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Wednesday, March 1, 2017

IWSG - March - Those Dangling Modifiers!

Keep your face to the sunshine and you cannot see a shadow ~ Helen Keller

March into Literacy Month presents the perfect opportunity to enter a writing contest, revisit or begin journaling, or write an article on one of our outstanding women in history. You could also sharpen your writing skills with any of the many great resources offered by the Insecure Writers Support Group, founded by Alex Cavanaugh, right here and right now on this first Wednesday of the month, when IWSG members convene through blogging, Facebook, and Twitter to talk about whatever is on our writing minds and agendas. See what we’re all talking about here.

An author’s use of initials, i.e., J.K. Rowling, holds a certain mystique for me. I always wonder why, even as I consider the undeniably compelling impact of doing so. Although initial users aren’t the only ones with surprises; I was astonished to discover that Carolyn Keene of Nancy Drew fame was not a real person at all – but a multitude of writers who sold all rights to their stories for $125 (back in the day)! Incidentally, today begins National Ghostwriters week ;-)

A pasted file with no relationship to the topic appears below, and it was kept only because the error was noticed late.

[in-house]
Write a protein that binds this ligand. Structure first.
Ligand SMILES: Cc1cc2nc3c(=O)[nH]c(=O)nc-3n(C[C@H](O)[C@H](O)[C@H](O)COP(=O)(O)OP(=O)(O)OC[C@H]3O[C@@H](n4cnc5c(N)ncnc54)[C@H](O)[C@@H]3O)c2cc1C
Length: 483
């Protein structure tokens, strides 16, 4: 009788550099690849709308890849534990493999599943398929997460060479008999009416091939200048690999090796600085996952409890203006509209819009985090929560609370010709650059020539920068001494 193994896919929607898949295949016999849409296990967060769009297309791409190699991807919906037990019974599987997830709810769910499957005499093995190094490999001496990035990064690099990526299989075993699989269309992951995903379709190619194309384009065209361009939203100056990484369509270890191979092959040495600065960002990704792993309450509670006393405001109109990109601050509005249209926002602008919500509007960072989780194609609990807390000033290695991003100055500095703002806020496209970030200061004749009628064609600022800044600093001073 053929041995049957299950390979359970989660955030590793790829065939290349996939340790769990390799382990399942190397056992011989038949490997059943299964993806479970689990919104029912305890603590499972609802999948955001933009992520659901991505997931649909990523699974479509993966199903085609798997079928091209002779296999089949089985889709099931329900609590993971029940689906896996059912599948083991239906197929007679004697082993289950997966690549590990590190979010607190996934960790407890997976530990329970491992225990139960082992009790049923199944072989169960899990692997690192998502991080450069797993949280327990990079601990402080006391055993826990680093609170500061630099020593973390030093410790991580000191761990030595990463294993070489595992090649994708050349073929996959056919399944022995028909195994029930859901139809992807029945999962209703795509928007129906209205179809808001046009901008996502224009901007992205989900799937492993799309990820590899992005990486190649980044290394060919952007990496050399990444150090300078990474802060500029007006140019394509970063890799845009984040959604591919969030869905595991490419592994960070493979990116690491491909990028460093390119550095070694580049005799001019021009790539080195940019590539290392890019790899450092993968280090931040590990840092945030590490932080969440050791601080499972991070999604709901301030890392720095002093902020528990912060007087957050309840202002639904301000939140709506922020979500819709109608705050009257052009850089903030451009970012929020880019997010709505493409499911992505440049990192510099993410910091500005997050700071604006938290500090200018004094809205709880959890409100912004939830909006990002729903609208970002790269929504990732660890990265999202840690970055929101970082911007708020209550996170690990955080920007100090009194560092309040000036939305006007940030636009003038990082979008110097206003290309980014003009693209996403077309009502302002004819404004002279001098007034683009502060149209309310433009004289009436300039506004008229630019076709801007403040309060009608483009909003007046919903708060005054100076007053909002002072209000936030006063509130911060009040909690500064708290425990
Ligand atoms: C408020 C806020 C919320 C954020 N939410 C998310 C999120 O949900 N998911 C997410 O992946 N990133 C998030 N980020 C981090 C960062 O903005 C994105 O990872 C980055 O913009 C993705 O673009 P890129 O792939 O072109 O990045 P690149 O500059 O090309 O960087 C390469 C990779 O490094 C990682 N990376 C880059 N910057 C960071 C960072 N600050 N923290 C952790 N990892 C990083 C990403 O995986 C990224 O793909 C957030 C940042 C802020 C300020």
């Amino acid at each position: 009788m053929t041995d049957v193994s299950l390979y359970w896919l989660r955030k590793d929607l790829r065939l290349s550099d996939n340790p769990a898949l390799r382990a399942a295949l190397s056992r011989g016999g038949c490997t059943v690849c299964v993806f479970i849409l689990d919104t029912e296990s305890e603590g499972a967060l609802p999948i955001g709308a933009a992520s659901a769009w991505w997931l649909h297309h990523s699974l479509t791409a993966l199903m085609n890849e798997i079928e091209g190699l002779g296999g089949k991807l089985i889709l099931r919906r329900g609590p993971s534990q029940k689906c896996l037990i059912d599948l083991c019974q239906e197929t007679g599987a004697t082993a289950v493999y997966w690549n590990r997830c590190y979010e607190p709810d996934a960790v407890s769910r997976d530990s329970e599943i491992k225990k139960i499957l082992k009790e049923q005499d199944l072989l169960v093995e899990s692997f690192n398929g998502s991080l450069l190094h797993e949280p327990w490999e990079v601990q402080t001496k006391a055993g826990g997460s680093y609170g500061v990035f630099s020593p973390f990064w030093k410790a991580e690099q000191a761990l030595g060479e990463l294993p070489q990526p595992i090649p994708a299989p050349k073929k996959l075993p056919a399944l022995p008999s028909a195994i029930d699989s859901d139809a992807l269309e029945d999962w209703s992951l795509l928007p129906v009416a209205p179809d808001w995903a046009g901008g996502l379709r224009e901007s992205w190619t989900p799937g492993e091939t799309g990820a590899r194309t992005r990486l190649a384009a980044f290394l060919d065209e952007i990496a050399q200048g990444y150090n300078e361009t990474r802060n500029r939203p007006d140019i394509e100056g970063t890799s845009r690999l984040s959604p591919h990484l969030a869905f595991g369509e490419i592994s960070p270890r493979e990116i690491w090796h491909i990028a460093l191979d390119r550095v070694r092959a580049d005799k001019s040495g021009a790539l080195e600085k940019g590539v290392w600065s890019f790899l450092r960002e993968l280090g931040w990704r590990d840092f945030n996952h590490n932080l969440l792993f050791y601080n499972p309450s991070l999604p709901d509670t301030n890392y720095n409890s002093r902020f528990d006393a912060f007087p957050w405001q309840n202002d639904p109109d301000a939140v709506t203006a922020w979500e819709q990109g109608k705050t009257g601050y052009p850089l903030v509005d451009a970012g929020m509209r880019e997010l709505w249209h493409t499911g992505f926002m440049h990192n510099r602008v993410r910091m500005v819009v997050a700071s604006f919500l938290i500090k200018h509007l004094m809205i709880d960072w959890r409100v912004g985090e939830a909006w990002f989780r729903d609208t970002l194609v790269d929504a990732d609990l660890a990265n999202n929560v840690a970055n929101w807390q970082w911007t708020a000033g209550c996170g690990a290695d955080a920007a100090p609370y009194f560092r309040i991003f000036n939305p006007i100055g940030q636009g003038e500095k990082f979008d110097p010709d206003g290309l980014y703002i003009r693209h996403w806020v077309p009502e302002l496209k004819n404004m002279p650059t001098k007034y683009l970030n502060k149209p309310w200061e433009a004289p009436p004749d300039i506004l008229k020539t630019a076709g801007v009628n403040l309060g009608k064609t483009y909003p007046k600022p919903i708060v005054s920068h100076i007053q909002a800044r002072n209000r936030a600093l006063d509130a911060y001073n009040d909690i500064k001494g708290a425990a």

As for what I’m thinking about these days, it’s those pesky misplaced or dangling modifiers that show up whether or not I was in a hurry when I wrote the sentence. Trying to convince my editor that the worldwide “they” will know what I mean was ineffective, as the esteemed wielder of the dreaded red pen only laughed harder. Apparently, not everyone’s refrigerator runs in the kitchen late at night ;-)

I tend to ‘run right out of my shoes’ while on a writing binge, and hope to pick them up later. That is if I can find them. It occurred to me that if only mistakes looked like periwinkle high-tops, I could save my editor a lot of work – and laughter ;-) So I found what I believe to be the next best thing – a grammar app – which applies all the familiar red slashes that won’t go away until the problem does. I can’t wait to see my editor’s reaction the next time I submit!

And now for the optional question of the month: